From the fine fellows over at The Monkey Cage (a blog run by political scientists who don't swear nearly as much as I do, which may be why they all have jobs):

A casual visual inspection suggests that people in their forties are more Republican than any other age group. Unfortunately that is one of two potential interpretations, the relative merits of which cannot be determined by this data. Are people aged 40 to 50 more conservative, or are the people aged 40 to 50 right now more conservative? This is a very old debate in the social sciences, the endless squabble over life-course effects versus age-cohort effects.

We could easily construct a story that supports either argument. For example, it's logical to suggest that people between 40 and 50 are bound to be a little less liberal, having settled into a life of property taxes, car payments, and saving for college. Conversely we could argue that the individuals between 40 and 50 today are more conservative because of the 1970s. They became politically aware during a thoroughly depressing era and experienced Carter Malaise followed immediately by Morning in America.

Short of doing decades-long panel data studies (and those have plenty of critics too) it's virtually impossible from a social science perspective to distinguish between these possibilities. I'm simplifying things, for certainly many researchers have devised innovative ways to support one argument or the other. But it is fair to say, as someone with no horse in the methodological race, that it remains an open issue.

On a personal note, I have long considered the first possibility – that aging makes us Republicans – to be overwhelmingly depressing. Ginandtacos nation, this post serves as binding legal authority for one of you to smother me with a pillow if I ever take up Tax Bitching as a hobby or cheerlead pre-emptive wars in the hopes of getting some great new footage for Wings.**

**The one on the Military Channel, not the delightfully crappy 1990s sitcom. I know there are only so many times one can watch the same episodes ("Wings of the Luftwaffe") but there is a moral limit to what I am willing to support to acquire new footage.

4 thoughts on “ON AGING”

  • What's your take on this paraphrased statement, which I read once from some republican opinion writer or something: "When/if a woman has their first child, they move considerably to the right."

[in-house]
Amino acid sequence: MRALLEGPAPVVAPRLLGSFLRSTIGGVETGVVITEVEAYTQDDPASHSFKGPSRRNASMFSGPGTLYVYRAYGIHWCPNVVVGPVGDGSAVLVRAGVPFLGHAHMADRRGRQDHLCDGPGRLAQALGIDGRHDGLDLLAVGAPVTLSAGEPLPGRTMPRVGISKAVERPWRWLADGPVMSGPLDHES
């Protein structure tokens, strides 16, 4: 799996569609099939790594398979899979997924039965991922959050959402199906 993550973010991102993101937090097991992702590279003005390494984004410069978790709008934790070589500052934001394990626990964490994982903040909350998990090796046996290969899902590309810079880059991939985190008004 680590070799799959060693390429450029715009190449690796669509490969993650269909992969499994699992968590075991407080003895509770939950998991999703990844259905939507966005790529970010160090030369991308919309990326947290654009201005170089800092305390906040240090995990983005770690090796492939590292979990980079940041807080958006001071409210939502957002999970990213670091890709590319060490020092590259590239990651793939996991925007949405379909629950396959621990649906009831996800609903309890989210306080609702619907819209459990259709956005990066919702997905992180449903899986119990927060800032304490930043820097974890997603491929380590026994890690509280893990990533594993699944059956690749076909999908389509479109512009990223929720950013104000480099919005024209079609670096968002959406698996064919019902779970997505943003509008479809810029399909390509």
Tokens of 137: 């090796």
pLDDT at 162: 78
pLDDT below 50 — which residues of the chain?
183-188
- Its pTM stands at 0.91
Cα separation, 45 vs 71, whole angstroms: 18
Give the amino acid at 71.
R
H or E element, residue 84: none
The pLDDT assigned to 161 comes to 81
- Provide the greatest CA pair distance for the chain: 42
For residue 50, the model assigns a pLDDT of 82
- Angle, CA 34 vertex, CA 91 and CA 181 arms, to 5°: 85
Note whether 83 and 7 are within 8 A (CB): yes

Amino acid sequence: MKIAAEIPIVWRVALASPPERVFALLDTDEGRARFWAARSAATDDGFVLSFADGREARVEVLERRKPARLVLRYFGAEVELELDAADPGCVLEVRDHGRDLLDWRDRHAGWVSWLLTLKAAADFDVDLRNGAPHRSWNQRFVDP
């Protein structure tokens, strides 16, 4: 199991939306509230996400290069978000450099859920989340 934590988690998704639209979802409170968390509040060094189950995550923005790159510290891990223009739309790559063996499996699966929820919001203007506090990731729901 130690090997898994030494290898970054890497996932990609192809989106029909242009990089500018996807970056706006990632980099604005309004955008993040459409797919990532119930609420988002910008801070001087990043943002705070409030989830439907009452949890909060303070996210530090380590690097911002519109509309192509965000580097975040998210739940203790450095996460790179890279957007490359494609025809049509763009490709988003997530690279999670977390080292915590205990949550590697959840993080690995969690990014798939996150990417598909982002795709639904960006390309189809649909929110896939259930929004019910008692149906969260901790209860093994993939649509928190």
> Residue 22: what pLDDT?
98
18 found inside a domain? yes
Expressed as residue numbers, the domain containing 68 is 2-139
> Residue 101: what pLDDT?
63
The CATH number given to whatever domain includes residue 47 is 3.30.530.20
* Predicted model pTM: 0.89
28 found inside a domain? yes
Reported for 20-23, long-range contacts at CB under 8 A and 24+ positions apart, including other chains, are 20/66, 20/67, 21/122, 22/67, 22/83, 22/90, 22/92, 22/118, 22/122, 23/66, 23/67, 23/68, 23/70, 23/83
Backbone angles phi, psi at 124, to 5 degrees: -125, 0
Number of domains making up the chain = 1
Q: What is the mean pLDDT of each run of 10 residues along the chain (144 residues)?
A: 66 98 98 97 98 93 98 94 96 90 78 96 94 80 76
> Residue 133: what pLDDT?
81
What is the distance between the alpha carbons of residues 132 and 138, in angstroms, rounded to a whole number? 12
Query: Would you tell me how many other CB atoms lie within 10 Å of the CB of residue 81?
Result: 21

Is it even true? Is it separable from the other things that go on around that time for many women, such as getting settled in a marriage or looking for a mortgage?

  • There is all manner of "folk wisdom" out there (especially among media and the campaign industry) about what influences partisanship, and the overwhelming majority of it is without empirical support. I'm not aware of any work that supports that argument, but I'll take a quick look to see what I can find.

  • I just remembered it was Frank Luntz on a talking head show. Please don't bother looking any more – it was almost certainly mercenary research. (Which you should get into the business of).

  • rick reuben says:

    It might be related to a lot of people ( probably more males ) hitting close to their peak earnings when they get past 40 years old, or it's related to people finally get their own businesses established. If you're ever going to be receptive to Republicans selling you tax breaks, it's then. If you started a family in your twenties, then you're facing college costs around the age 40- another selling point for tax breaks. You can see why the GOP message gains appeal around that time. It's all about looking out for yourself, and the GOP serves that need.

    Then as people enter their mid to late '50's, they start to realize they mind some government help in their retirement years, so they trend back towards the party promising more social benefits.

    Either way, you're always voting for something Big. If you think you're voting for Big Business, you're really voting for Big Government, and if you think you're voting for Big Government, you're really voting for Big Business.

    Big always wins.

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